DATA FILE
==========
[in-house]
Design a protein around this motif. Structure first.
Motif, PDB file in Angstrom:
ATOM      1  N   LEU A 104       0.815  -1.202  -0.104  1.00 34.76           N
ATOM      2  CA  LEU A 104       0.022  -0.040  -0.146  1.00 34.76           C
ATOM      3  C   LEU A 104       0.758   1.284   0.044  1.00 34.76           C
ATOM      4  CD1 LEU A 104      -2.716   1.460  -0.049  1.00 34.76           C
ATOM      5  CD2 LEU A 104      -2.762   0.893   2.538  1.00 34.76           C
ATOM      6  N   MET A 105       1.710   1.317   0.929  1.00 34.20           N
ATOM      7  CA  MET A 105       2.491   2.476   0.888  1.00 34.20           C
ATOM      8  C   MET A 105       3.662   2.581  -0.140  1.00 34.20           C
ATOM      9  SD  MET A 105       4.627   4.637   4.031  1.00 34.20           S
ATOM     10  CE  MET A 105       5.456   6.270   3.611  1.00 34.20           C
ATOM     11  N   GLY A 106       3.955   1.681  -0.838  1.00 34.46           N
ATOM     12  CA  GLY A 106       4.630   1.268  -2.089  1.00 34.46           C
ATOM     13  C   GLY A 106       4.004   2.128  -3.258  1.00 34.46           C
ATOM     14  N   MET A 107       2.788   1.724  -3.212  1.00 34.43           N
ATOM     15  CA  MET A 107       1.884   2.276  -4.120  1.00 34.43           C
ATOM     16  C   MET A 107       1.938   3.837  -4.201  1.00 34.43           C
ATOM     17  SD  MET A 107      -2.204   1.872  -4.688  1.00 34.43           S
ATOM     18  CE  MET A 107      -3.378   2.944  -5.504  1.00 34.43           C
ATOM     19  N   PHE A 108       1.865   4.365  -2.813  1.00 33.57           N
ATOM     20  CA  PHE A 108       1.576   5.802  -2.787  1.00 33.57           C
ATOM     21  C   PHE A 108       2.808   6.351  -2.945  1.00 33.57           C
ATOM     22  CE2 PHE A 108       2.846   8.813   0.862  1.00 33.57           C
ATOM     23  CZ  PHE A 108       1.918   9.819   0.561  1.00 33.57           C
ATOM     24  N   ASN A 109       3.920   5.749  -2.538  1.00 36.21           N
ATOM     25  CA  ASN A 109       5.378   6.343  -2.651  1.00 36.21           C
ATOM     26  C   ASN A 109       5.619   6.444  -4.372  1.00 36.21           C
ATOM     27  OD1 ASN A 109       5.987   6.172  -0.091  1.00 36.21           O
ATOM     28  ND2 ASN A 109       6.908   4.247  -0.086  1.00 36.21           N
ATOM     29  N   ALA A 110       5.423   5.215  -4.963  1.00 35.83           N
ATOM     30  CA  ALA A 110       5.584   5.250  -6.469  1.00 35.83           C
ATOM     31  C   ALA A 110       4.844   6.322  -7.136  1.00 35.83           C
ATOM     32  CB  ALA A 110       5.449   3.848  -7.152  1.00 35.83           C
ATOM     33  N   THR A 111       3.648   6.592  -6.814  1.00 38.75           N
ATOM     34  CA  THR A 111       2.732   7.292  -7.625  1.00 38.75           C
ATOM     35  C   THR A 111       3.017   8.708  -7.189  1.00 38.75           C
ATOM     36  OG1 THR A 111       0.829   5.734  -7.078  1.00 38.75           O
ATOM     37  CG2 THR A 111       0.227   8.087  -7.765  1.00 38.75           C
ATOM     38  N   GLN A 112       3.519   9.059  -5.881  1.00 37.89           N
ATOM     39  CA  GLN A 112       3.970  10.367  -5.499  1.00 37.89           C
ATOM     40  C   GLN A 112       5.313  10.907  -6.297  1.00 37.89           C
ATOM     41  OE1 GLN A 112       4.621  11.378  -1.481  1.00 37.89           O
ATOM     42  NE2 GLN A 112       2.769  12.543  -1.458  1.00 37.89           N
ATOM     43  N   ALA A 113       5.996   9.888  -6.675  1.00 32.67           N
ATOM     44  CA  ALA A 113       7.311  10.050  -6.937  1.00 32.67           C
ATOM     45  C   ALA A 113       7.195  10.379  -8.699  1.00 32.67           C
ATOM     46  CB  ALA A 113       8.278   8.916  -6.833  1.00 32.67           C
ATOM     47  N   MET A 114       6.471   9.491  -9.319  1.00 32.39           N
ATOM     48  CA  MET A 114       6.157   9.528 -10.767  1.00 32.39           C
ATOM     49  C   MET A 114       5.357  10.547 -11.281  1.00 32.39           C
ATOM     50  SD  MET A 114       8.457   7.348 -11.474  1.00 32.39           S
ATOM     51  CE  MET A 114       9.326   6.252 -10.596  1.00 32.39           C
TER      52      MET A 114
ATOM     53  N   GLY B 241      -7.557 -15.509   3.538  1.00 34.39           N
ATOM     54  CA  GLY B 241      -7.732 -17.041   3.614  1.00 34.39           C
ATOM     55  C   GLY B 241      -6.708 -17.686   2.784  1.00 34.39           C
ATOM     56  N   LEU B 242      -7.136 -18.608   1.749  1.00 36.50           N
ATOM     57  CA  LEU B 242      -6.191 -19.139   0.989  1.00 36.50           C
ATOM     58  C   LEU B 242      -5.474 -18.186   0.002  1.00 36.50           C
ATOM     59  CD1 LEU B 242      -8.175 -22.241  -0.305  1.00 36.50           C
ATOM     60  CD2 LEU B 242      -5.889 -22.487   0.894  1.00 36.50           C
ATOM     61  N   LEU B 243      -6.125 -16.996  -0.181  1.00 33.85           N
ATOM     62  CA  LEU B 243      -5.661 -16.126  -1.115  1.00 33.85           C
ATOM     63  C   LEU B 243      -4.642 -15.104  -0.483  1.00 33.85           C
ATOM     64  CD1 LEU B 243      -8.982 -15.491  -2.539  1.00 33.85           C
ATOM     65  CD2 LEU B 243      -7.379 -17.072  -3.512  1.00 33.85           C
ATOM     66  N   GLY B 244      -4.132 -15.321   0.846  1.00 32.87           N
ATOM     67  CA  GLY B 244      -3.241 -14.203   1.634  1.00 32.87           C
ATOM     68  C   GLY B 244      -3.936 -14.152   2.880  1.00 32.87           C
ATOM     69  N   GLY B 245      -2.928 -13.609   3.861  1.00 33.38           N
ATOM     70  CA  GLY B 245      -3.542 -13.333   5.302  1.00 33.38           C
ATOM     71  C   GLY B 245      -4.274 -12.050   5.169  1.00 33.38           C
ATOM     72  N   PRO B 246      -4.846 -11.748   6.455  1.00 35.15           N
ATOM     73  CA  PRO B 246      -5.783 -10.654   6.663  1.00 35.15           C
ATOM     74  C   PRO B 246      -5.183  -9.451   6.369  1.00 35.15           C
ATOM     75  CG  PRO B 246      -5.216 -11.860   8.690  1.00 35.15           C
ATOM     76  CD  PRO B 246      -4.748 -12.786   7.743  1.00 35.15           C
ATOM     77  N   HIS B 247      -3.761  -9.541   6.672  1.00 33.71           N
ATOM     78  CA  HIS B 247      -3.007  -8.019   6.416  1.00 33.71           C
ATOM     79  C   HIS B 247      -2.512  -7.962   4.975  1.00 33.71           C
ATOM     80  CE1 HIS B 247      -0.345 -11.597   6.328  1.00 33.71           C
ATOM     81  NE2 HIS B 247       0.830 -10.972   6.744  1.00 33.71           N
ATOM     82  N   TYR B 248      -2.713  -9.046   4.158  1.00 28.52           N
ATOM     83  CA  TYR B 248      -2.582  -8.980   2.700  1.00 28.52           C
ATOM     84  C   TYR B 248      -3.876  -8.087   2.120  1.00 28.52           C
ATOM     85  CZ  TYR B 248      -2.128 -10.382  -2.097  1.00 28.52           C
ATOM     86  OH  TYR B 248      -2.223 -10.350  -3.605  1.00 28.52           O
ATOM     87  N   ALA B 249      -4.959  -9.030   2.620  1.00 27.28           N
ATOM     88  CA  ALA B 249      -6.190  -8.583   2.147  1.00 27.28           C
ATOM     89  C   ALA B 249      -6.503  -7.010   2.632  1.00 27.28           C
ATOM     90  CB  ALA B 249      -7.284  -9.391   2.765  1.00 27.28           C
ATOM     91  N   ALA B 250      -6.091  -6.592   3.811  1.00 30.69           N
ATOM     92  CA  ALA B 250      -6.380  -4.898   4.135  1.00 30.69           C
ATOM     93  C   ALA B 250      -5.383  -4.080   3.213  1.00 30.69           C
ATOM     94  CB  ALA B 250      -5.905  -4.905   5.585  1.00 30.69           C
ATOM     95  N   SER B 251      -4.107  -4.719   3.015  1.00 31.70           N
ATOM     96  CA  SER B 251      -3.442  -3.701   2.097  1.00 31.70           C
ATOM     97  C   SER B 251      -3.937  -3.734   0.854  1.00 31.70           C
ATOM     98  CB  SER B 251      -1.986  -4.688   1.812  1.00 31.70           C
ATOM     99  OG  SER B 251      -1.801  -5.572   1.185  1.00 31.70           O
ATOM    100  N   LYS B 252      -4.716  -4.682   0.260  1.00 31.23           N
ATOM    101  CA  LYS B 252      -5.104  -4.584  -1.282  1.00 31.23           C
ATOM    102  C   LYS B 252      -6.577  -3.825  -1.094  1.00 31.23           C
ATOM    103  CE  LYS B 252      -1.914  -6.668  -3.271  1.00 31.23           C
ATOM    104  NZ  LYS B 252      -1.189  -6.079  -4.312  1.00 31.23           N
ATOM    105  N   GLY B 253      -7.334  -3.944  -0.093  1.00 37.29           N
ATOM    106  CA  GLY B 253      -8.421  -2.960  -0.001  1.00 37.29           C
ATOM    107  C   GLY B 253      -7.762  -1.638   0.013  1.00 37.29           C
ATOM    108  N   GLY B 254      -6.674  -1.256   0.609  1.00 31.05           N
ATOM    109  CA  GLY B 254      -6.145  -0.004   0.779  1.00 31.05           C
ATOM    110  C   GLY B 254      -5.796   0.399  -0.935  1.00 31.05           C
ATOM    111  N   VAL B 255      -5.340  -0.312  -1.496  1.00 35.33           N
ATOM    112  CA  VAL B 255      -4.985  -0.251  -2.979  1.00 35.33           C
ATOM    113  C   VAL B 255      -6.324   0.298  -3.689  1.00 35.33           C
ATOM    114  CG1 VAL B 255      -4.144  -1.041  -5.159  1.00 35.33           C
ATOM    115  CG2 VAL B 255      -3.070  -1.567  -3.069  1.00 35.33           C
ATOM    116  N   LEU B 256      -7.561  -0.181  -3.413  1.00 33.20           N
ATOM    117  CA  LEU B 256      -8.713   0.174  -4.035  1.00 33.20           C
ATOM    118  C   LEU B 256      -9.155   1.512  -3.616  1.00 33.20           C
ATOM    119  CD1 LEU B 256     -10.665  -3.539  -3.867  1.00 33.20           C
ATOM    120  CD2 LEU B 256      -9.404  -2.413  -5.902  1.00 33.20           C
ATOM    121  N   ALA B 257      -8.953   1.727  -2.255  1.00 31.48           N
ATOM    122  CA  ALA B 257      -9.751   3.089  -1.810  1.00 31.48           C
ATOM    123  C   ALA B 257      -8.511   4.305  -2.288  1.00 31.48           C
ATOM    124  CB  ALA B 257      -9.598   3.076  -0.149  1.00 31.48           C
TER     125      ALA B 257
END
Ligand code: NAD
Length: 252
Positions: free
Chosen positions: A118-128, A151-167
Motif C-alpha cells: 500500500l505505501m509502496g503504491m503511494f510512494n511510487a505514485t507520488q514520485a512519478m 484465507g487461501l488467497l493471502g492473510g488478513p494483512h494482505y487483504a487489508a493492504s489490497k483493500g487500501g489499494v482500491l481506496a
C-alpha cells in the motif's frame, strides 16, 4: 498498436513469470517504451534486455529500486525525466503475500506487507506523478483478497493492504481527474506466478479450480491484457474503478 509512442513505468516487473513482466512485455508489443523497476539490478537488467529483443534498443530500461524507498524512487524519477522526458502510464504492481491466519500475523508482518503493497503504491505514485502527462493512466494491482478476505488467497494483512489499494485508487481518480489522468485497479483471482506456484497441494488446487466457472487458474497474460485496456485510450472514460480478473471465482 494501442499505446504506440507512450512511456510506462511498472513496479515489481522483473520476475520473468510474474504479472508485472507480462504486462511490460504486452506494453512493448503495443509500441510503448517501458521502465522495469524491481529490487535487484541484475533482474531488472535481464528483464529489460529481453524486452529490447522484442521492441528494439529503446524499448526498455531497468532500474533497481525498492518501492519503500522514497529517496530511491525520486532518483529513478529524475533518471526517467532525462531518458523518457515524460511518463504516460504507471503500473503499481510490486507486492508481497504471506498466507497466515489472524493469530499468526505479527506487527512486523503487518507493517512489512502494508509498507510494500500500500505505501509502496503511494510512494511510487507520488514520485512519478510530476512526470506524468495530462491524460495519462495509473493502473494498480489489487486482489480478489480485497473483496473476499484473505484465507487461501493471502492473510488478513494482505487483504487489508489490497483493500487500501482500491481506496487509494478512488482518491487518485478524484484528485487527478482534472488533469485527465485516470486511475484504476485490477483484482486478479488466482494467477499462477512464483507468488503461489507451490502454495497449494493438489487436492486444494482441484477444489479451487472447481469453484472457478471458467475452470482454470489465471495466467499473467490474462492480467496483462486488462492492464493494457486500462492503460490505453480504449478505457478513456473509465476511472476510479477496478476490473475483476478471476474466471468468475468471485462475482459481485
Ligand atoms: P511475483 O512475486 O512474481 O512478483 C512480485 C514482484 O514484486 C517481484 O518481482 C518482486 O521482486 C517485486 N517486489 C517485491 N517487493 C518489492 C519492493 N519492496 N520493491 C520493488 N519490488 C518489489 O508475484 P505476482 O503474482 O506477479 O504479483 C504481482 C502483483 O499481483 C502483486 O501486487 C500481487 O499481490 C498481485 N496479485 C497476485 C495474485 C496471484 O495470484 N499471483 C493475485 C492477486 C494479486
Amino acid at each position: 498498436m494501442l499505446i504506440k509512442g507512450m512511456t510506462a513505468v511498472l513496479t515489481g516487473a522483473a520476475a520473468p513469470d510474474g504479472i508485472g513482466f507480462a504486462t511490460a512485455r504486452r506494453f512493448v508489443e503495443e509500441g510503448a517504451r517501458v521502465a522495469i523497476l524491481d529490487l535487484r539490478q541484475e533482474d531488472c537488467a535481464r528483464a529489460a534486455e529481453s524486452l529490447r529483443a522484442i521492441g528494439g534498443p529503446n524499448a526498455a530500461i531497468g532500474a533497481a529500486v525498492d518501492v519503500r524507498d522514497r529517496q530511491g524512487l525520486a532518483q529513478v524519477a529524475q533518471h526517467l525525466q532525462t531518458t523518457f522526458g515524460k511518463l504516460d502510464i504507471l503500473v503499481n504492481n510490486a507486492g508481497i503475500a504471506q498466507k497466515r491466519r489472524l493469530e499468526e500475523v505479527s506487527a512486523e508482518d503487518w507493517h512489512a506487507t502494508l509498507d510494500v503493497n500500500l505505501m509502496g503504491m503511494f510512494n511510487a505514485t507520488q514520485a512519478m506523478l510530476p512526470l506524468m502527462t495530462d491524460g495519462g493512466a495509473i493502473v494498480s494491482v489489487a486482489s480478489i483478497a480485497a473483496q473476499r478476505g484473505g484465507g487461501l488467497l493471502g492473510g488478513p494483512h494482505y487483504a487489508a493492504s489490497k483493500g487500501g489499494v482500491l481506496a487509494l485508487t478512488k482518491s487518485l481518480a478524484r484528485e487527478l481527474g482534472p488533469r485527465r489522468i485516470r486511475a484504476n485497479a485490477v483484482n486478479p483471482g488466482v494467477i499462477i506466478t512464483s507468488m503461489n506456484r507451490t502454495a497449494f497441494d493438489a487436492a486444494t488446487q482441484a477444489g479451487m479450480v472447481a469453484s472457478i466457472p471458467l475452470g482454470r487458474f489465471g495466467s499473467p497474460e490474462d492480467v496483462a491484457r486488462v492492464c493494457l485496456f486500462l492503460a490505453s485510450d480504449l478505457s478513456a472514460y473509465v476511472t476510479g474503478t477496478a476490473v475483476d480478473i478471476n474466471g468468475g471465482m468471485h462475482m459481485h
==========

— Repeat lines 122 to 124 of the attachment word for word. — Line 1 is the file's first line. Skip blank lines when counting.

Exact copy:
ATOM    119  CD1 LEU B 256     -10.665  -3.539  -3.867  1.00 33.20           C
ATOM    120  CD2 LEU B 256      -9.404  -2.413  -5.902  1.00 33.20           C
ATOM    121  N   ALA B 257      -8.953   1.727  -2.255  1.00 31.48           N